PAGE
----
Monday, March 9, 2009


Excerpts from
By George K. Simon, Jr, PhD

Definition of Terms:

Disordered Character Personalities (pg 18): Character-disordered personalities lack self-restraint when it comes to acting upon their primal urges. They’re not bothered enough by what they do and have too little conscience, unlike neurotics who also have difficulty with self restraint.

Aggressive Personalities (pg 24): Those who take charge of getting their needs met and resist depending on the supports of others who consist of two types: One able to conform his conduct well enough to function in society and the other unable to abide by the rule of law. (Based upon the writings of Theodore Milton).

Covert-Aggressive Personality (pg 27-29): Covert-aggressives have many unique attributes that make them a truly distinct type of aggressive personality, primarily by the way they fight. They fight for what they want and seek power over others in subtle, cunning and underhanded ways. They deceive themselves about their true character and their covertly-aggressive conduct. To the degree that they are character disordered, the more they actively attempt to deceive only their intended victims. Some personality theorists have proposed that the cardinal quality of the covert-aggressive or the manipulative personality is that they derive an inordinate sense of exhilaration from pulling the wool over the eyes of their victims.

These are their major attributes:
· Want to have their way or “win”
· Seek power and dominance over others, wanting to always be one-up and in control.
· Deceptively civil, charming and seductive; They know how to “look good” and how to win you over by “melting” your resistance
· Unscrupulous, underhanded and vindictive fighters; capitalize on weaknesses and will intensify aggression if they sense you are faltering
· Uniquely impaired consciences
· Abusive and exploitive in interpersonal relations

Redefining the Terms of Engagement
(Pgs 115 – 137)
It’s impossible to deal effectively with anybody when you start out in a one-down position. So, if you want to avoid being victimized by covert-aggression, or any aggression for that matter, you must move quickly to redefine the terms of engagement…

Three Primary Means of Redefining the Terms:
· Letting Go of Harmful Misconsceptions
They don’t act the same way, and, as years of research has confirmed, they don’t even think the same way… They don’t share the same world-view or code of conduct. They’re also not influenced or motivated by the same things. In fact, much of what we’ve been taught about why and how most people behave simply doesn’t apply to aggressive personalities.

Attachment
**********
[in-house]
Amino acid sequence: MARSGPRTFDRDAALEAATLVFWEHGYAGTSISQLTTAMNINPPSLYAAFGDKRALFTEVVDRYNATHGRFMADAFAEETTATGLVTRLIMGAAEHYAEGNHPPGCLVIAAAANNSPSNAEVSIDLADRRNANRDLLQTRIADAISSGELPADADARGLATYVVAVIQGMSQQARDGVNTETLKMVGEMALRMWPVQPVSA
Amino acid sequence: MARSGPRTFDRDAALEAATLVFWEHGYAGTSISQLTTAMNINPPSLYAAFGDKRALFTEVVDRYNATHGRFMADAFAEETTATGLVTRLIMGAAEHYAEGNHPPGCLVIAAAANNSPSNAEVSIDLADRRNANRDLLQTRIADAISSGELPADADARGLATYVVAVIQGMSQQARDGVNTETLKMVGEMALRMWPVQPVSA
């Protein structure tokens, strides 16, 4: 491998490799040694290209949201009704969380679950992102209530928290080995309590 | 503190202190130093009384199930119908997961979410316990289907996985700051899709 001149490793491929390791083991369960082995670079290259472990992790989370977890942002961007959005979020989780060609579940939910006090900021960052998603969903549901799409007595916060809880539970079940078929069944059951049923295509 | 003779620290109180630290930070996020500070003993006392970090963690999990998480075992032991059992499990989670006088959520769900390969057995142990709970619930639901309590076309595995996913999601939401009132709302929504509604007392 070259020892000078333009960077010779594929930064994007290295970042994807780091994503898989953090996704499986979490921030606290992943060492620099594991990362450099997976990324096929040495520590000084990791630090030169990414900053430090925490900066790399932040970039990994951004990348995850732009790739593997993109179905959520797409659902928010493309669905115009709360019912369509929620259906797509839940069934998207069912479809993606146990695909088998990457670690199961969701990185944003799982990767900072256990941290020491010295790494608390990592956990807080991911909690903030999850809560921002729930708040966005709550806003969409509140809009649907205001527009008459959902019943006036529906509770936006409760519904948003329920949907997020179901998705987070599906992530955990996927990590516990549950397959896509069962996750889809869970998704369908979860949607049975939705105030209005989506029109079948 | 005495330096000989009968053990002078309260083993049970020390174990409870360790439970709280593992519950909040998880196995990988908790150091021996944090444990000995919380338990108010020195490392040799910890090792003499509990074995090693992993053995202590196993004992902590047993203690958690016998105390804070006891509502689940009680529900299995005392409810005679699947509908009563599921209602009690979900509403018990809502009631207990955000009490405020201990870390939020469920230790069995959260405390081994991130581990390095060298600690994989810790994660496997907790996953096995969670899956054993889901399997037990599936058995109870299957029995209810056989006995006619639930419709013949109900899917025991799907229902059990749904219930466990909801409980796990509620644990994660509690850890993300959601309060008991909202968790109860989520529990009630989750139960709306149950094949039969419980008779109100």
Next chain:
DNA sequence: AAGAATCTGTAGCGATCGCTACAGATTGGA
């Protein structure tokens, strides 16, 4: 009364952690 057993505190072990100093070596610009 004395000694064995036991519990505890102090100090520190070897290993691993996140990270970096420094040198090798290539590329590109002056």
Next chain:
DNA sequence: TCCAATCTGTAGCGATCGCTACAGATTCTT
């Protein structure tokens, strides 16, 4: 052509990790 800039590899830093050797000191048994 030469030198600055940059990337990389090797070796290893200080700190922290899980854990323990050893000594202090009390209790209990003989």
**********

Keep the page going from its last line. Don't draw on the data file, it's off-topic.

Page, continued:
· Becoming a Better Judge of Character
Anyone wanting to reliably avoid victimization needs to identify the people in their life with aggressive and covertly aggressive personality traits… In the parable from which the title of this book is taken, Jesus says “by their fruits you shall know them.”
· Knowing Yourself Better
Any manipulator’s real leverage is in knowing the character of his victim well enough to know how that person will likely respond to the tactics he uses… The more you know about yourself and your own vulnerabilities, the more leverage you gain in your dealings with them.

When examining your own character, here are some important things to look for:
1. Naivete’
2. Over-conscientiousness
3. Low self-confidence
4. Over-intellectualization
5. Emotional dependency

Knowing What To Expect and What To Do

You can expect manipulators to throw at you whatever it takes to gain advantage over you. Know all the tactics by heart. Watch and listen carefully. Listen for not necessarily to what your manipulator says. Be constantly on the lookout for tactics. Label the tactics immediately when you detect them. Regardless of the kinds of tactics a manipulator is using, remember this fundamental rule: Don’t be swayed by the tactics themselves. Reinforce the idea in your mind that the manipulator is merely fighting for something. Then, respond solely on the basis of what you legitimately want or need. Don’t react instinctively or defensively to what they are doing. Take your own, independent, assertive stand.

Put Your Energy Where Your Power Is

Making headway in conflicts with aggressive and covertly aggressive personalities (or, for that matter, any personality) can only happen when you’re willing to invest your time and energy where you have unquestionable power: your own behavior.

Conducting yourself in relationships with covertly-aggressive people is never easy business. But there are some general rules that, if followed, can make life with them a whole lot easier. I call them tools of personal empowerment because they can help anybody maintain a position of strength in their interpersonal relationships.